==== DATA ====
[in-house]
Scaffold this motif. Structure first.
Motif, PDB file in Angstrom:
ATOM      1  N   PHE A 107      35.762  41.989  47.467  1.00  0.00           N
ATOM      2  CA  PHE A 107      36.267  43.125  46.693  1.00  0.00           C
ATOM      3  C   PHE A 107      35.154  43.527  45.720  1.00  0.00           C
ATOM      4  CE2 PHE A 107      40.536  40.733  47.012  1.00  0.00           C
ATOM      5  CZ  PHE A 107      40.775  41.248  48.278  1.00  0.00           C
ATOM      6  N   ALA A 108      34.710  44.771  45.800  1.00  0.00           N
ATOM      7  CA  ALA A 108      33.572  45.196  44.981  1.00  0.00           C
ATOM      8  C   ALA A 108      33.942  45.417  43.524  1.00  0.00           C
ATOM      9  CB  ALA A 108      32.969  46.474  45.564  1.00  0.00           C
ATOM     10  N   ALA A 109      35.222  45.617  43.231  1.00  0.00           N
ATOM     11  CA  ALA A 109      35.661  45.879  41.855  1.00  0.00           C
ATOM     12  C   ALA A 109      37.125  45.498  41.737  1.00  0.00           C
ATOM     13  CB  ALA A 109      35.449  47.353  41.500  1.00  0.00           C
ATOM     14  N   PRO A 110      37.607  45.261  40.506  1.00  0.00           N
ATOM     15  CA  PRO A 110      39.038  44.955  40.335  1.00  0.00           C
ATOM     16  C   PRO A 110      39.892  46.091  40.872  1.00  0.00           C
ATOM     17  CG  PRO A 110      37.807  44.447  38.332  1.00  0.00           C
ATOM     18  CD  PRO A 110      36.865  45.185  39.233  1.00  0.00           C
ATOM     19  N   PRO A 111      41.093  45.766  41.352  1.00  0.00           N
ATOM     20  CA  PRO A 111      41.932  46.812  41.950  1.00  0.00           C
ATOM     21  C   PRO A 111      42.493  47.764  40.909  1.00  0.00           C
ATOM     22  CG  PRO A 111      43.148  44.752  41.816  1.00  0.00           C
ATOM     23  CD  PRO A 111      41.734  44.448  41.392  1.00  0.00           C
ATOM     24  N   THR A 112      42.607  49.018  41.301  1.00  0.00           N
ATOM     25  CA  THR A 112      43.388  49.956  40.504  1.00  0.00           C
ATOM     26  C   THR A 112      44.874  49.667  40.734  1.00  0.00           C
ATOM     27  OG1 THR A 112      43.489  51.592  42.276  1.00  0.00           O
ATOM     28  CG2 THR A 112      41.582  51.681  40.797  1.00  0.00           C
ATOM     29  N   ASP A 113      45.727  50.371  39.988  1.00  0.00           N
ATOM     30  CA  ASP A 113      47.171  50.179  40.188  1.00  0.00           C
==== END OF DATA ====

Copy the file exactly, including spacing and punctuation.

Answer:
[in-house]
Scaffold this motif. Structure first.
Motif, PDB file in Angstrom:
ATOM      1  N   PHE A 107      35.762  41.989  47.467  1.00  0.00           N
ATOM      2  CA  PHE A 107      36.267  43.125  46.693  1.00  0.00           C
ATOM      3  C   PHE A 107      35.154  43.527  45.720  1.00  0.00           C
ATOM      4  CE2 PHE A 107      40.536  40.733  47.012  1.00  0.00           C
ATOM      5  CZ  PHE A 107      40.775  41.248  48.278  1.00  0.00           C
ATOM      6  N   ALA A 108      34.710  44.771  45.800  1.00  0.00           N
ATOM      7  CA  ALA A 108      33.572  45.196  44.981  1.00  0.00           C
ATOM      8  C   ALA A 108      33.942  45.417  43.524  1.00  0.00           C
ATOM      9  CB  ALA A 108      32.969  46.474  45.564  1.00  0.00           C
ATOM     10  N   ALA A 109      35.222  45.617  43.231  1.00  0.00           N
ATOM     11  CA  ALA A 109      35.661  45.879  41.855  1.00  0.00           C
ATOM     12  C   ALA A 109      37.125  45.498  41.737  1.00  0.00           C
ATOM     13  CB  ALA A 109      35.449  47.353  41.500  1.00  0.00           C
ATOM     14  N   PRO A 110      37.607  45.261  40.506  1.00  0.00           N
ATOM     15  CA  PRO A 110      39.038  44.955  40.335  1.00  0.00           C
ATOM     16  C   PRO A 110      39.892  46.091  40.872  1.00  0.00           C
ATOM     17  CG  PRO A 110      37.807  44.447  38.332  1.00  0.00           C
ATOM     18  CD  PRO A 110      36.865  45.185  39.233  1.00  0.00           C
ATOM     19  N   PRO A 111      41.093  45.766  41.352  1.00  0.00           N
ATOM     20  CA  PRO A 111      41.932  46.812  41.950  1.00  0.00           C
ATOM     21  C   PRO A 111      42.493  47.764  40.909  1.00  0.00           C
ATOM     22  CG  PRO A 111      43.148  44.752  41.816  1.00  0.00           C
ATOM     23  CD  PRO A 111      41.734  44.448  41.392  1.00  0.00           C
ATOM     24  N   THR A 112      42.607  49.018  41.301  1.00  0.00           N
ATOM     25  CA  THR A 112      43.388  49.956  40.504  1.00  0.00           C
ATOM     26  C   THR A 112      44.874  49.667  40.734  1.00  0.00           C
ATOM     27  OG1 THR A 112      43.489  51.592  42.276  1.00  0.00           O
ATOM     28  CG2 THR A 112      41.582  51.681  40.797  1.00  0.00           C
ATOM     29  N   ASP A 113      45.727  50.371  39.988  1.00  0.00           N
ATOM     30  CA  ASP A 113      47.171  50.179  40.188  1.00  0.00           C